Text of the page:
Environmental impact statements ("EIS") are the most detailed form of analysis. Federal agencies like the FS must prepare an EIS for "major federal actions significantly affecting the quality of the human environment." 42 U.S.C. § 4332(C); 40 C.F.R. § 1502.3. Environmental assessments are concise public documents "that provide analysis for determining whether to prepare an environmental impact statement or a finding of no significant impact on the environment." Mahler v. U.S. Forest Service, 927 F.Supp. 1559, 1570-71 (S.D.Ind.1996), citing 40 C.F.R. § 1508.9. "An environmental assessment must include discussions on the need for the proposal, other alternatives, the environmental impact of the proposal and its alternatives, and other information." Mahler, 927 F.Supp. at 1570-71. Agencies prepare EA's for several reasons,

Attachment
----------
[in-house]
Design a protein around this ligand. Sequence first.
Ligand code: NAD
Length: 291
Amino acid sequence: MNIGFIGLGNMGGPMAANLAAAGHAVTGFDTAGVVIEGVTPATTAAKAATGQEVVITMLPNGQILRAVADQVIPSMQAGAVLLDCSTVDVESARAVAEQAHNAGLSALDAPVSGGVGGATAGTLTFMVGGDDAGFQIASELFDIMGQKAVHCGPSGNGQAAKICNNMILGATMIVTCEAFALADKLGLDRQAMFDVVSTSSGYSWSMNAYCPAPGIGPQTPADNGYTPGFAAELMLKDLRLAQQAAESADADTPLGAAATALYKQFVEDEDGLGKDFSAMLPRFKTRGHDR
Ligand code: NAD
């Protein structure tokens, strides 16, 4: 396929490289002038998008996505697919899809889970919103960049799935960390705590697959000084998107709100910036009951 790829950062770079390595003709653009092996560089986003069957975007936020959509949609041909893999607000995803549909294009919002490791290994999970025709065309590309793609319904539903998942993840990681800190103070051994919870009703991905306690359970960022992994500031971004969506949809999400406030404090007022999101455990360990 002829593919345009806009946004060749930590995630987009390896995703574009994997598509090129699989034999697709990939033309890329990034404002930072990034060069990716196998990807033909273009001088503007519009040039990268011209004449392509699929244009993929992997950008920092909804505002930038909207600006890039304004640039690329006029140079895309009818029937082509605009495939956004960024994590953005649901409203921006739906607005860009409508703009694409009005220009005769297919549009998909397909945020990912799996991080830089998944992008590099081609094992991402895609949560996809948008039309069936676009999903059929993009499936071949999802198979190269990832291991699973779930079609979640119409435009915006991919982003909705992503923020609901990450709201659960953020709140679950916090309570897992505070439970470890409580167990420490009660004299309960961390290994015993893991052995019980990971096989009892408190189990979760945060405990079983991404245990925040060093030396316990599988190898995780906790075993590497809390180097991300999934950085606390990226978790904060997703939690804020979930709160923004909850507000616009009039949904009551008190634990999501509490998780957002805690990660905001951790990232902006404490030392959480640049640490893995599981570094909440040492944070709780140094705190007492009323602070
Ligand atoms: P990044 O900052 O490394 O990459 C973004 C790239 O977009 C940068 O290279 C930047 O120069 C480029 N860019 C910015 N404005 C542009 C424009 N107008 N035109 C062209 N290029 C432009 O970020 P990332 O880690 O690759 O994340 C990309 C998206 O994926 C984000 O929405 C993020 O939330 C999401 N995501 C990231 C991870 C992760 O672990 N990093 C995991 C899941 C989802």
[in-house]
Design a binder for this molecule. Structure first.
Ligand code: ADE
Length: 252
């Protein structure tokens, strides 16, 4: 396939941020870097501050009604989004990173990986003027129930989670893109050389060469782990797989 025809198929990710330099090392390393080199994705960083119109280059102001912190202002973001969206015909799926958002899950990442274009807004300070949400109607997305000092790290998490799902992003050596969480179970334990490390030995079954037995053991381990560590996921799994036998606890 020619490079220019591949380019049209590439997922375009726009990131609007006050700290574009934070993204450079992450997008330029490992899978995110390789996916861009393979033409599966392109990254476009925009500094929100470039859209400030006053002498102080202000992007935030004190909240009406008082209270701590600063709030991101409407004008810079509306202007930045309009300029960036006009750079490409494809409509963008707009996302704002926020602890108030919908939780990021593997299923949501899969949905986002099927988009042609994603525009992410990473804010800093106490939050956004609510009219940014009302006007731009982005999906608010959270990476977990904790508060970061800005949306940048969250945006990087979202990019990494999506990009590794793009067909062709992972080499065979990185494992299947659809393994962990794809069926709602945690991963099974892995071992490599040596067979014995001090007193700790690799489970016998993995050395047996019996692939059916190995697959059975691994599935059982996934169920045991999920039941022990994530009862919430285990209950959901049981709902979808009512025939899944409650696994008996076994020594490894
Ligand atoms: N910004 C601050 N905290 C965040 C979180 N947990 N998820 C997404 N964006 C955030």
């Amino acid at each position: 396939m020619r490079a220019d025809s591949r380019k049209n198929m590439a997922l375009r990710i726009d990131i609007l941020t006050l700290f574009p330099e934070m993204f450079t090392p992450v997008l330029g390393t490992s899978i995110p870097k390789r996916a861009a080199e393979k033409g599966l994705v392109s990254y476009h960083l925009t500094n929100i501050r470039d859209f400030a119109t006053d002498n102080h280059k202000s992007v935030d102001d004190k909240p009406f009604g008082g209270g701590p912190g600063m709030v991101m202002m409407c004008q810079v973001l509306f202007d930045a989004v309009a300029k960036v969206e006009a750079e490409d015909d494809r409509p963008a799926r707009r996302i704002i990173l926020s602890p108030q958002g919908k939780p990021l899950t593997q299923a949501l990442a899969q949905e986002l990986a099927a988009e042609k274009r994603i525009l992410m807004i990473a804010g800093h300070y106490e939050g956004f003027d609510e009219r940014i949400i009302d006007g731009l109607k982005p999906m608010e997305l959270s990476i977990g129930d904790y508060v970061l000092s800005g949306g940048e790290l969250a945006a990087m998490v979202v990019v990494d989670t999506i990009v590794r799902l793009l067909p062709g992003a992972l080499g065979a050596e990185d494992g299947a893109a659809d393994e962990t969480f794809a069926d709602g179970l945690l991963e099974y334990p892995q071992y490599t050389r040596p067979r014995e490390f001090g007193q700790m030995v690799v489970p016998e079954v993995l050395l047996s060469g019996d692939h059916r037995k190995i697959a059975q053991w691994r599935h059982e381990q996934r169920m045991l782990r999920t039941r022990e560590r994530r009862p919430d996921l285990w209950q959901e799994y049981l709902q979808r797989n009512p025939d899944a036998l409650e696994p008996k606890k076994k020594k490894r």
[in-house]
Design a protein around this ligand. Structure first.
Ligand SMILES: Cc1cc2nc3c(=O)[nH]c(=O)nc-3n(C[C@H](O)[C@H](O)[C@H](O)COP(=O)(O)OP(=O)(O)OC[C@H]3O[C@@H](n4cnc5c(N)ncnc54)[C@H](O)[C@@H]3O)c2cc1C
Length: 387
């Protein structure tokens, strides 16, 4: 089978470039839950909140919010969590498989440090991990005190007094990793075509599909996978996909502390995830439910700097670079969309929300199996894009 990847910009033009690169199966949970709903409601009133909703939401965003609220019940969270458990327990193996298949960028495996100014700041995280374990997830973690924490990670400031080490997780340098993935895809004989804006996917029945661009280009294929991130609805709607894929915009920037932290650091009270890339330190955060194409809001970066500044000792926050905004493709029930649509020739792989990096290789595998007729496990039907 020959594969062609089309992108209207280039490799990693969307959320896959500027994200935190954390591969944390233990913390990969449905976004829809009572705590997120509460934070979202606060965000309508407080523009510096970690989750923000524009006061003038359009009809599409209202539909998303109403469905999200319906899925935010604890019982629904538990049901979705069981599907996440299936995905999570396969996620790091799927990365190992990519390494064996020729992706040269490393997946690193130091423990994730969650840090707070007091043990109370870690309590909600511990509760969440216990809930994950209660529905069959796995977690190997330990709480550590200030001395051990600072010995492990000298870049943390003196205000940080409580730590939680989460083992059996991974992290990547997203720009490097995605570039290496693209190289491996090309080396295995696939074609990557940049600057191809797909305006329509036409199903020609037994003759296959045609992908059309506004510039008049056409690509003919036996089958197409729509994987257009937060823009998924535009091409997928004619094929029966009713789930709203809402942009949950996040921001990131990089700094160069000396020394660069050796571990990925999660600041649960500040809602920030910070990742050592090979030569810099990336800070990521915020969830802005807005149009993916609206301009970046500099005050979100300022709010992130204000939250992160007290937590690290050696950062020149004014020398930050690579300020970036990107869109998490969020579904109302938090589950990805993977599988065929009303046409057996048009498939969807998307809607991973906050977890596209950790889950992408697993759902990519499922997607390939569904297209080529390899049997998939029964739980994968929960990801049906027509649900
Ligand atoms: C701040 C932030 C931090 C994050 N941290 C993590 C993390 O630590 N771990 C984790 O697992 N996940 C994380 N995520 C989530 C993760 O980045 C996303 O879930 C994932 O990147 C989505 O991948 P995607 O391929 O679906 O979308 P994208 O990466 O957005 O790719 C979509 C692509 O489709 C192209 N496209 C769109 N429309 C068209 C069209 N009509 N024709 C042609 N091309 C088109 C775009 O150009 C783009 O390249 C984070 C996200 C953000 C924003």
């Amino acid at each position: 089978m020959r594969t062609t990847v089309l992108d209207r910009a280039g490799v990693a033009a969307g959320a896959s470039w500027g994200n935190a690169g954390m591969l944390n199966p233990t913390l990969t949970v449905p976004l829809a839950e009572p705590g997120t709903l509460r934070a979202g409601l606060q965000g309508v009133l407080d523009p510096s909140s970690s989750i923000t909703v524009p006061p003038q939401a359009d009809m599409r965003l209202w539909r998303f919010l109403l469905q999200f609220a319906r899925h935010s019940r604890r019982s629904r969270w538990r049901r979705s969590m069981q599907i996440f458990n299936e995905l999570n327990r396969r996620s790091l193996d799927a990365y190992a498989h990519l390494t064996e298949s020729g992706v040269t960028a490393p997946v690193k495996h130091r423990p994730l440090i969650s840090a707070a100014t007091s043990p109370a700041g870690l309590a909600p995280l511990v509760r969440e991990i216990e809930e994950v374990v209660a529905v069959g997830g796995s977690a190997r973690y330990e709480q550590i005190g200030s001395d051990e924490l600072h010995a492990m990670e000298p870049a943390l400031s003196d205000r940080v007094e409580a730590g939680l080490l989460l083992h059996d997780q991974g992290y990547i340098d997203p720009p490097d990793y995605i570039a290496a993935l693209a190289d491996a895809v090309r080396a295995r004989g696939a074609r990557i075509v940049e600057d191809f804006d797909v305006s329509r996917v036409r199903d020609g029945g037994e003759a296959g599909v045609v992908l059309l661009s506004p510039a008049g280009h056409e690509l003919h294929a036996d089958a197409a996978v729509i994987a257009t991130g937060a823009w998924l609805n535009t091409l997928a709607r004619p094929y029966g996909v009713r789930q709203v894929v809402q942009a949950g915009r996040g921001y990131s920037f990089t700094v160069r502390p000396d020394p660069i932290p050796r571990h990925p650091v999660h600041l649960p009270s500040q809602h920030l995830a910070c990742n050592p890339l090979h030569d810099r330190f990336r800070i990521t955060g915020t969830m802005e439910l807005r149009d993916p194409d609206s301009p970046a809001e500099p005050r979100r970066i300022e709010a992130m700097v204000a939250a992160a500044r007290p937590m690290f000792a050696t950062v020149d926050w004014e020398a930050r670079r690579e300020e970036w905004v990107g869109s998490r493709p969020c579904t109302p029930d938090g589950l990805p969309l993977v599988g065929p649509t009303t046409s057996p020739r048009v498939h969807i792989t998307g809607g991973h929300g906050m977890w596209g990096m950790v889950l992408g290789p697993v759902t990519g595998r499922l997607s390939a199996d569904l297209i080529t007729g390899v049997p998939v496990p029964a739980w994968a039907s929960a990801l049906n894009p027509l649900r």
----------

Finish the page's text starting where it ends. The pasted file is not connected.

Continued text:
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including: (1) to provide evidence and analysis that determine whether or not to prepare an EIS or a Finding of No Significant Impact ("FONSI"); (2) to help the agency comply with NEPA when no EIS is necessary; and (3) to "[f]acilitate preparation of an [EIS] when one is necessary." 40 C.F.R. § 1508.9(a).

CEQ and NEPA regulations allow agencies to avoid the preparing either an EIS or an EA if a proposed action properly comes within a "categorical exclusion." NEPA regulations provide in pertinent part:

"categorical exclusion" means a category of actions which do not individually or cumulatively have a significant effect on the human environment and which have been found to have no such effect in procedures adopted by a Federal agency in implementation of these regulations (§ 1507.3) and for which, therefore, neither an environmental assessment nor an environmental impact statement is required. An agency may decide to prepare environmental assessments for the reasons stated in § 1508.9 even though it is not required to do so. Any procedures under this section shall provide for extraordinary circumstances in which a normally excluded action may have a significant environmental effect.